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1838 - Proceedings of the Old Bailey (5)

Date 1838
Topic Robin Hood in Skinner Street figures in case of alleged theft
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The now lost Skinner Street where the Robin Hood was located.

By Henrik Thiil Nielsen, 2018-06-19. Revised by Henrik Thiil Nielsen, 2018-07-28.


[9 Jul. 1838:]
GEORGE CHRISTOPHER HYMNS. I live in Harp-alley, Long-alley, Moorfields. I know Robert Marsh and the two prisoners—I was at the Robin Hood and Little John public-house, in Skinner-street, Bishopsgate, about twenty minutes past nine o'clock, on the night of the 27th of April, when Marsh and the two prisoners were there—I know Mr. Brown's premises—I and my father used to work there—his warehouse is fifty or sixty yards from the Robin Hood and Little John—Marsh staid there till about twenty minutes to ten o'clock—he then went out, and the two prisoners went out about ten minutes after Marsh did—the prisoners came back in about five minutes, or rather better, and then Dixon changed his hat for a cap with a young man in the tap-room, and then Hands changed his hat for a cap with a man of the name of Herbert—Dixon then said to the man he changed with, that he was going after some whalebone in Foster-street—Hands was close to him—Marsh was not there then—the prisoners then went away, amd in about a quarter of an hour or twenty minutes I went out to go home—in my way home I saw the two prisoners at the corner of Long-alley, which is about sixty yards from the public-house, and twenty or thirty yards from Mr. Brown's premises—there is a way from the corner of Long-alley to Mr. Brown's premises, up Peter—street—the prisoners had the caps on their heads, and I observed under the side of Dixon's coat a dark cloth—it seemed a kind of towel cloth, or wrapper—I heard Hands say to Dixon, "Come, on, Charley; we shall be too late"—they then went on, towards Peter-street, in the line to where Mr. Brown lived.

Cross-examined by MR. PAYNE. Q. Whose employ are you in? A. My father-in-law's—he is a bricklayer—I have been employed by him about eleven months—before that I was in the employ of Mr. Self, of Watling-street—before that I was out of a situation for a long time—I was in Bridewell for three months, as I was enticed away by a young man to pick pockets—that is the only time I was in custody—I was not in Mr. Brown's employ, only doing bits of jobs with my father—I know his premises well—I had been on them once or twice—I knew Marsh some time—I know nothing of Moneghan.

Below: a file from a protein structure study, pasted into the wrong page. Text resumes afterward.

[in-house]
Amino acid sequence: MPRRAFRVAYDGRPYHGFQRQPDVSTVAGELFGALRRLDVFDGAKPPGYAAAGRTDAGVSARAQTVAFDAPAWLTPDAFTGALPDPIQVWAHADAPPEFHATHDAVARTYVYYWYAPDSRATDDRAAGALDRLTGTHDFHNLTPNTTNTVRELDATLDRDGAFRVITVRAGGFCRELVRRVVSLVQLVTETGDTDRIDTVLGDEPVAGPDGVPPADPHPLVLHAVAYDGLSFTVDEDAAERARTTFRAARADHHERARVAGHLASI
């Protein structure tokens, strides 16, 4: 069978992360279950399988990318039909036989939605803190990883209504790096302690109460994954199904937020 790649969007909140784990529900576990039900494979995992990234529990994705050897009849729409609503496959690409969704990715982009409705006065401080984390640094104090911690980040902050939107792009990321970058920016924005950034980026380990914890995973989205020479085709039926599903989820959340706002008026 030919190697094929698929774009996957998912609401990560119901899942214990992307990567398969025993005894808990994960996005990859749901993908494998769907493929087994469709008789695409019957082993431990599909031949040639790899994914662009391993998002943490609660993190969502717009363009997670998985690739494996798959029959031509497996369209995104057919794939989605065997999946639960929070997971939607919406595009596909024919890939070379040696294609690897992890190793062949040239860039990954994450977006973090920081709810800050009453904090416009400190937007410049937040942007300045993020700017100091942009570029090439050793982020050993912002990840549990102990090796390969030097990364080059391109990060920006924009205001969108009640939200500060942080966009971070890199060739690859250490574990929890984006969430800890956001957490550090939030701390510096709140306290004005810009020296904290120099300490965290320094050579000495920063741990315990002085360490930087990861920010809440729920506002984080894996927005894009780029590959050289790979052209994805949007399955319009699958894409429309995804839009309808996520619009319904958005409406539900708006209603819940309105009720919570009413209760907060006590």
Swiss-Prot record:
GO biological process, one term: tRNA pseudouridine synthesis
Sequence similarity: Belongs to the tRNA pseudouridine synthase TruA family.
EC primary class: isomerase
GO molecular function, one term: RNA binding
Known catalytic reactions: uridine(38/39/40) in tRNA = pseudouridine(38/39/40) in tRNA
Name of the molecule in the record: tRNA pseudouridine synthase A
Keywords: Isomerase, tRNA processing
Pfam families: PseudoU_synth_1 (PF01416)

COURT. Q. Did you give information immediately when you found they were going to Foster-street? A. No—Mr. Brown came to me—there was a man of the name of John Groom in the public-house when this robbery was talked of—I spoke to him, and he said, "Never mind, let them get their living in the best way they can"—Groom was a kind of pot-boy in a house in Long-alley, but he did something, and is gone away—there was Herbert and Atterbury, and others in the public-house—I do not know what has become of Marsh—I have not seen him since the night the robbery was done—I do not know what the prisoners were waiting for from the time they went out of the public-house till I saw them—I am quite sure I did not get nearer to the prosecutor's premises than within thirty yards—I went straight home, and told my father-in-law of it.

Hands. I never was at the Robin Hood that night—I never met this witness at the corner of Long-alley—I never changed my hat with any one—Herbert is now in the Compter for stealing lead.[1]

Source notes

IRHB has silently regularized the use of spaces before punctuation marks in the quotation and corrected the HTML text at Proceedings of the Old Bailey from the PDF of the original printed edition.



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